For United States national team coach Sue Stahl, lacrosse is all about one thing: possession.
The U.S. style of play at this week's International Federation of Women's Lacrosse Associations World Cup certainly reflects that. While many of the other teams in the 10-nation field, especially Australia and Japan, are geared more toward a speed style of the game, the four-time defending champion United States is the master of the settled offense.
"We'll take a fast break if we can get it. If we don't have the fast break, we're going to establish [a settled offense]. Possession is the name of the game, in my opinion," said Stahl, in her fifth World Cup as U.S. coach.
Differences in style have evolved since the women's game was introduced at St. Leonard's School in Scotland in 1890. Each country fashioned its game from its traditional roots, but as the game has spread around the world and international competition grown, teams have borrowed from each other and styles have evolved.
"England, Scotland and Wales play a similar style because it comes from the tradition of their playing from the high schools to the college teams," said Feffie Barnhill assistant to Stahl in the 1989 World Cup and the head coach for Scotland in 2001-02. "The U.S.A.'s style is unique, but I see the U.S.A.'s style growing into and from Canada."
The U.S. style has influenced other teams, especially through Americans coaching abroad. Three Americans are coaching foreign teams in this World Cup: Tracy Coyne for Canada, Denise Wescott for Germany and Kim Chorosiewski for Scotland.
For the United States, where the women's game was introduced at Bryn Mawr in 1926, the offense has evolved into a more deliberate style, spreading the field and trying to draw the defense out to create openings. Australia, the only team other than the United States to win a World Cup, prefers a fast-breaking offense and excels at converting quick passes into tight spaces.
"We just like to play it true to form, just run and gun," said Australia coach Max Madonia. "The U.S. are very controlled. They love possessions, and they're very good stick-handlers."
Barnhill said the men's game has influenced the Australians more than it has the Americans.
"Australia is very much into all 12 get out and run," Barnhill said. "It's a fast break in numbers. They're not looking for two-on-one. They're looking for five-on-four execution, whereas our emphasis is on possession, possession, possession - moving the ball across field, bigger passes to make the defense have to recover different ways and then looking for a two-on-one isolation."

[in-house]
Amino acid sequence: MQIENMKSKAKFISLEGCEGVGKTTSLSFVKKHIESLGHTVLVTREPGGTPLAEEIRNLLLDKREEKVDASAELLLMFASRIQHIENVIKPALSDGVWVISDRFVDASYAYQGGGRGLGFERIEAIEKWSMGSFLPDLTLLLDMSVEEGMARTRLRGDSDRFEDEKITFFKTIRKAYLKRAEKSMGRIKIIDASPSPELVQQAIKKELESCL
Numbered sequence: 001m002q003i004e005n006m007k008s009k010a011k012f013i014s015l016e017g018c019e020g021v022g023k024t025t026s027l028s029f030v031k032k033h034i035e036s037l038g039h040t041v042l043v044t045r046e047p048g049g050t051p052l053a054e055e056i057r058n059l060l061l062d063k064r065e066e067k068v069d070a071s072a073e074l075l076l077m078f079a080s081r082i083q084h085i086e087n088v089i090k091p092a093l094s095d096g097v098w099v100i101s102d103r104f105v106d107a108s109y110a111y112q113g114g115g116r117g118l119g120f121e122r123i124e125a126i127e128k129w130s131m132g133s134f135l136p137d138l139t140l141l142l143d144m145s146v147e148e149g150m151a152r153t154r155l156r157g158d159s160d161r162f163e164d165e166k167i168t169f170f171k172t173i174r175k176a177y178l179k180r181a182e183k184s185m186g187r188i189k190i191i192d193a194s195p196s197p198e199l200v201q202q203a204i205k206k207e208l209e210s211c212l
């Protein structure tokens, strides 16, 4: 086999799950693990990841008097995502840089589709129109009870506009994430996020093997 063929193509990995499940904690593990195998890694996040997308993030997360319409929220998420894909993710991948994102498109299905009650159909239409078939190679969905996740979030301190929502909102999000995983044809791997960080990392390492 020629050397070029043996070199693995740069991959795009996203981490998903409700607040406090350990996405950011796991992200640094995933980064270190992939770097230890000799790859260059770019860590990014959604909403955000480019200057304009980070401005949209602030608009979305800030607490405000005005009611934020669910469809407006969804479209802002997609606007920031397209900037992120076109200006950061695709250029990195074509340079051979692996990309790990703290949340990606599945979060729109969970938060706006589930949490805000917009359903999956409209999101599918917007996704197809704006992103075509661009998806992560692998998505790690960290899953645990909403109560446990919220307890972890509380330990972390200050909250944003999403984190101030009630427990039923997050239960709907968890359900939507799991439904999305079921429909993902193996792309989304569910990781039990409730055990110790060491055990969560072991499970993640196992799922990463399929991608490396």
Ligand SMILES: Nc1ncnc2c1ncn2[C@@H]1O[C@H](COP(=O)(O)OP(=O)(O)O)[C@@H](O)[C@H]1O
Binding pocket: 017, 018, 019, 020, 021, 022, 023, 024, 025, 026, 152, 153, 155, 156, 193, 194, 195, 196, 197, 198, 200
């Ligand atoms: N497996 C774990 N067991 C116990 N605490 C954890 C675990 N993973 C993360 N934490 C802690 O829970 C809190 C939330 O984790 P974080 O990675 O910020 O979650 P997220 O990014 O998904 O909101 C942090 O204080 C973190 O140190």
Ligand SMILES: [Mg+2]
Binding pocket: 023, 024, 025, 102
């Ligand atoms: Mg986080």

Stahl likes the United States to work the ball from the corners, pulling apart the defense.
"You want space so that when you make your movement, you're going to create an open area that a kid can come into and receive the ball and she has two or three seconds to make her move. If you crowd in, there isn't time and space, once you get the ball, to make any kind of a move without the slides on defense happening," said Stahl, whose team beat the Czech Republic yesterday to advance to tomorrow's quarterfinals.
While established national programs have developed their styles over the years, the newer programs are honing theirs.
Japan has made some changes since the last World Cup to take more advantage of its speed, quickness and athleticism, especially on defense, where it plays a full-field press.
The Japanese had no lacrosse-playing neighbors to copy, so they developed their own, innovative style. New Zealand, playing in its first international event in only its third year as a national team, has a run-and-gun style influenced by Australia.
After competing here without winning a game, New Zealand will continue to adjust its style.
"I'd be interested to see ... what changes they would make for the next four years," said Chorosiewski. "I think that's more important than what they have right now - what they're going to do and how they are going to adjust, because the game will change."
That's the challenge for every team.